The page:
Why would man ever become a highly social tool user if he was instead a supremely deadly predator without any tools or cooperation? There’s a reason a naked ape created the internet and not a tiger.

Why would anyone ever make a sword or even a club if you can just zap people?

But if you did get to the point where humans have formed complex states and a system resembling feudalism, the warfare wouldn’t look like our Middle Ages at all.

Projectile weapons would absolutely dominate the battlefield. Why get close to an enemy that can zap you? Even though you can zap each other it’s way more reasonable to keep your distance and force them to get into your zapping range.

You’d have to be insane to use metal melee weapons, and non throwing spears might be very questionable to use if they’re at all conductive.

The only metal tool that would be useful would be faraday armor. Imagine a faraday cage fit over the human body. It doesn’t currently exist but you’d be damn sure that’d be an innovation that would occur if we all could zap people.

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    $\begingroup$ Faraday Suits are a very real thing, they're used by electrical linesmen, as well as by the band ArcAttack, which use huge tesla-coils to produce music. It's essentially a whole-body suit of chainmail. something which definitely qualifies as medieval technology :) $\endgroup$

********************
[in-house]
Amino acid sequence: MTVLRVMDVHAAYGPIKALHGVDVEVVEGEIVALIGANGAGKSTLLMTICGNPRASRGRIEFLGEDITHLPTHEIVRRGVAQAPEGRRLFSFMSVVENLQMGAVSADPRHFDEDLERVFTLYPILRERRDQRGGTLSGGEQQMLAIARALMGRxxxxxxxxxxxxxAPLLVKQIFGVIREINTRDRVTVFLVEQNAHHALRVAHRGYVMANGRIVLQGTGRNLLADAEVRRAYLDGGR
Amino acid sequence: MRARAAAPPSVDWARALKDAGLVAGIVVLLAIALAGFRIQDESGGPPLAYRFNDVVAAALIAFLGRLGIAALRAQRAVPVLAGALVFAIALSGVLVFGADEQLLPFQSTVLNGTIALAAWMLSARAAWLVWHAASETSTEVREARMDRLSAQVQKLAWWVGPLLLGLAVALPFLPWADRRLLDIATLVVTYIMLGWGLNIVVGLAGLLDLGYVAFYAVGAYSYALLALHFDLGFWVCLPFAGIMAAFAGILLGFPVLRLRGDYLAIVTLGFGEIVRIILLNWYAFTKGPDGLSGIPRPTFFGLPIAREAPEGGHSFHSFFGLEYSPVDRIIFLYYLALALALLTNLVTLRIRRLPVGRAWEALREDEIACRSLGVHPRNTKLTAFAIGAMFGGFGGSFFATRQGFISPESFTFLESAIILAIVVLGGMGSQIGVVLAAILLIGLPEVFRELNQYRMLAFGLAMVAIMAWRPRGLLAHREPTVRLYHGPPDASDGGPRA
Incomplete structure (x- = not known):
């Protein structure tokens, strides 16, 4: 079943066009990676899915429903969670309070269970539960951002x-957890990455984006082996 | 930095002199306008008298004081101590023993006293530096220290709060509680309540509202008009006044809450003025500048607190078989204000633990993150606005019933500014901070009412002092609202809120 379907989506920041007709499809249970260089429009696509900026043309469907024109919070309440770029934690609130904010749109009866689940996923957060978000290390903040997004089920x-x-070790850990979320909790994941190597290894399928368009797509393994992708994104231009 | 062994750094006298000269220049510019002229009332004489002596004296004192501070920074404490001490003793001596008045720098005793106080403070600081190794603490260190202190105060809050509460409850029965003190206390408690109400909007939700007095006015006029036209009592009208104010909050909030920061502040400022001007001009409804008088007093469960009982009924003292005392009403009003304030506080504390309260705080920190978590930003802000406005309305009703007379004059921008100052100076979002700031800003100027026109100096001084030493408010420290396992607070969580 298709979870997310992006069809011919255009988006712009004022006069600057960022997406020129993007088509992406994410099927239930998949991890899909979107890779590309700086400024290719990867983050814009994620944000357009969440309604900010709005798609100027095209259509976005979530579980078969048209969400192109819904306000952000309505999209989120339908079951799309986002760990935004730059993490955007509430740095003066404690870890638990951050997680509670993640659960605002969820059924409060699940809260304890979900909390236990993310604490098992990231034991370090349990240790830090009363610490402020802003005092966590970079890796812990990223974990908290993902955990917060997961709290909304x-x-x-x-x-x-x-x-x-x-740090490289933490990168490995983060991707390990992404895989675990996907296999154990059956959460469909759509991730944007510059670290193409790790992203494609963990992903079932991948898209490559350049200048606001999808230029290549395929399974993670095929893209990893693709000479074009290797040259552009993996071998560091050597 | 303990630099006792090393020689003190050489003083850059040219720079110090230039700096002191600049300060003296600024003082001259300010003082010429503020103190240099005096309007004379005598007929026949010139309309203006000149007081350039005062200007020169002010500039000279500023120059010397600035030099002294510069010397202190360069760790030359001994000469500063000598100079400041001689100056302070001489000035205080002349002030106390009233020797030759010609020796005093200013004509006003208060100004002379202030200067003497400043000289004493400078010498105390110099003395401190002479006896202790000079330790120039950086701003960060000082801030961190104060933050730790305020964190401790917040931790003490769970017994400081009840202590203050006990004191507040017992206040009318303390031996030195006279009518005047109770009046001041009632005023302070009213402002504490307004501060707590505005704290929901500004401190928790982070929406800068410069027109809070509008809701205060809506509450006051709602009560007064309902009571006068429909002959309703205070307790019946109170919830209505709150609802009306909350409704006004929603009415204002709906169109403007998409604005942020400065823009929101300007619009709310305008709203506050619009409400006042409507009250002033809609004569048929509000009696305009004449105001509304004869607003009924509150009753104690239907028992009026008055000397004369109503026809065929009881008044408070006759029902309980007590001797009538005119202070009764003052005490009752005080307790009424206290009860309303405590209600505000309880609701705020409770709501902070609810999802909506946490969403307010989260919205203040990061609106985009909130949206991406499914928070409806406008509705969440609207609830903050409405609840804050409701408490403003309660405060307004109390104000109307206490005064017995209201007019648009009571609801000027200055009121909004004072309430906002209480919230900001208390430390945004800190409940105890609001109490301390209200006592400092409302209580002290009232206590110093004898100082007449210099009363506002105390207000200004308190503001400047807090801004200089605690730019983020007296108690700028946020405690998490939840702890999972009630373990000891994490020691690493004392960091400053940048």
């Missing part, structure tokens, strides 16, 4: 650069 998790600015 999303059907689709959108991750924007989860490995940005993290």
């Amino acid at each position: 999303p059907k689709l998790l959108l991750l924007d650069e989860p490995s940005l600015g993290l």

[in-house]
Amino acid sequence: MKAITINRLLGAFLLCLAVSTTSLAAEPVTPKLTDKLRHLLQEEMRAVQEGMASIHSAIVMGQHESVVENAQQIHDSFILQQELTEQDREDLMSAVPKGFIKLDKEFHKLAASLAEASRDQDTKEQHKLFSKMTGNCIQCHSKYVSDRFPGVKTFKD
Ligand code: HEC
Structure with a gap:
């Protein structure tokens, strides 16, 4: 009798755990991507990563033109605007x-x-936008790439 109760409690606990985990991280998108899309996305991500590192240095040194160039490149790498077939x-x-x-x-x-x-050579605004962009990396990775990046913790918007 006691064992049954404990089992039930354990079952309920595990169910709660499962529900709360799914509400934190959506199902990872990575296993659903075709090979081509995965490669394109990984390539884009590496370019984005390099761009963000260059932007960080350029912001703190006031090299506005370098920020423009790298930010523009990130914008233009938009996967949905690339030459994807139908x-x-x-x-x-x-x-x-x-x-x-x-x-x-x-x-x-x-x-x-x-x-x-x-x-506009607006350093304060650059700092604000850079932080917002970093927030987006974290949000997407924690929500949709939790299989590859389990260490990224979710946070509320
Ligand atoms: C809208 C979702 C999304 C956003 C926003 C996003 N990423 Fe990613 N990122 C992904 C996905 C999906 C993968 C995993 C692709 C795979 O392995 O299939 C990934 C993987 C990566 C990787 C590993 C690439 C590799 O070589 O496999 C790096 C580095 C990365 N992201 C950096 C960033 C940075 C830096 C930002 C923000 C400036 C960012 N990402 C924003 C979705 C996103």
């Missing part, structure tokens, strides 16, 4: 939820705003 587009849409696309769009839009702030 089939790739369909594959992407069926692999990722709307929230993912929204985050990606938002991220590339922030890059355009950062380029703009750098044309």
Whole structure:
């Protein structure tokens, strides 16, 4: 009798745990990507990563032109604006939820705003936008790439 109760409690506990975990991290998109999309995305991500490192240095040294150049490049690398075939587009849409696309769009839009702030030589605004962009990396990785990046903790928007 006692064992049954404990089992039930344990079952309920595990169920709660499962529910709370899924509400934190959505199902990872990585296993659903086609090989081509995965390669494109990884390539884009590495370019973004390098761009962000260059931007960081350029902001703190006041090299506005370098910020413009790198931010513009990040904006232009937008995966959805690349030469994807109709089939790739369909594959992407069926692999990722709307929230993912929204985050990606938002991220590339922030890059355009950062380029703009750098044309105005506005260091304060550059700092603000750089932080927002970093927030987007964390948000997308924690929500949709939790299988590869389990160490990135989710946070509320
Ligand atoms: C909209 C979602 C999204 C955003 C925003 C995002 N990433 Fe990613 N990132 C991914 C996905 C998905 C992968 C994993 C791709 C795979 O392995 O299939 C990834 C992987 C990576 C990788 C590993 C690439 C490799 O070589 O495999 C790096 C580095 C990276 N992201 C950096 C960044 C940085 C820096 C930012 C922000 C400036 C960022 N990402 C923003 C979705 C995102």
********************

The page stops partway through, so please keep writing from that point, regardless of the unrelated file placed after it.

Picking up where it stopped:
– Ruadhan
    Mar 3 '20 at 9:04
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Assuming that this ability was not a big deal prior to the Middle Ages, for simplicity's sake, we'd have some pretty radical changes rather quickly:

  • Blocking electric attacks will be done. Faraday Cage type armor would be work to develop, but it would happen. A metal pole with an insulated handle or gloves for positioning would make an excellent shield.
  • Chemistry and metallurgy would benefit from ready access to electricity. Expect batteries to be invented earlier, and certain materials to be more readily available. (Would this affect aluminum production? Would electrolysis allow early oxygen isolation?)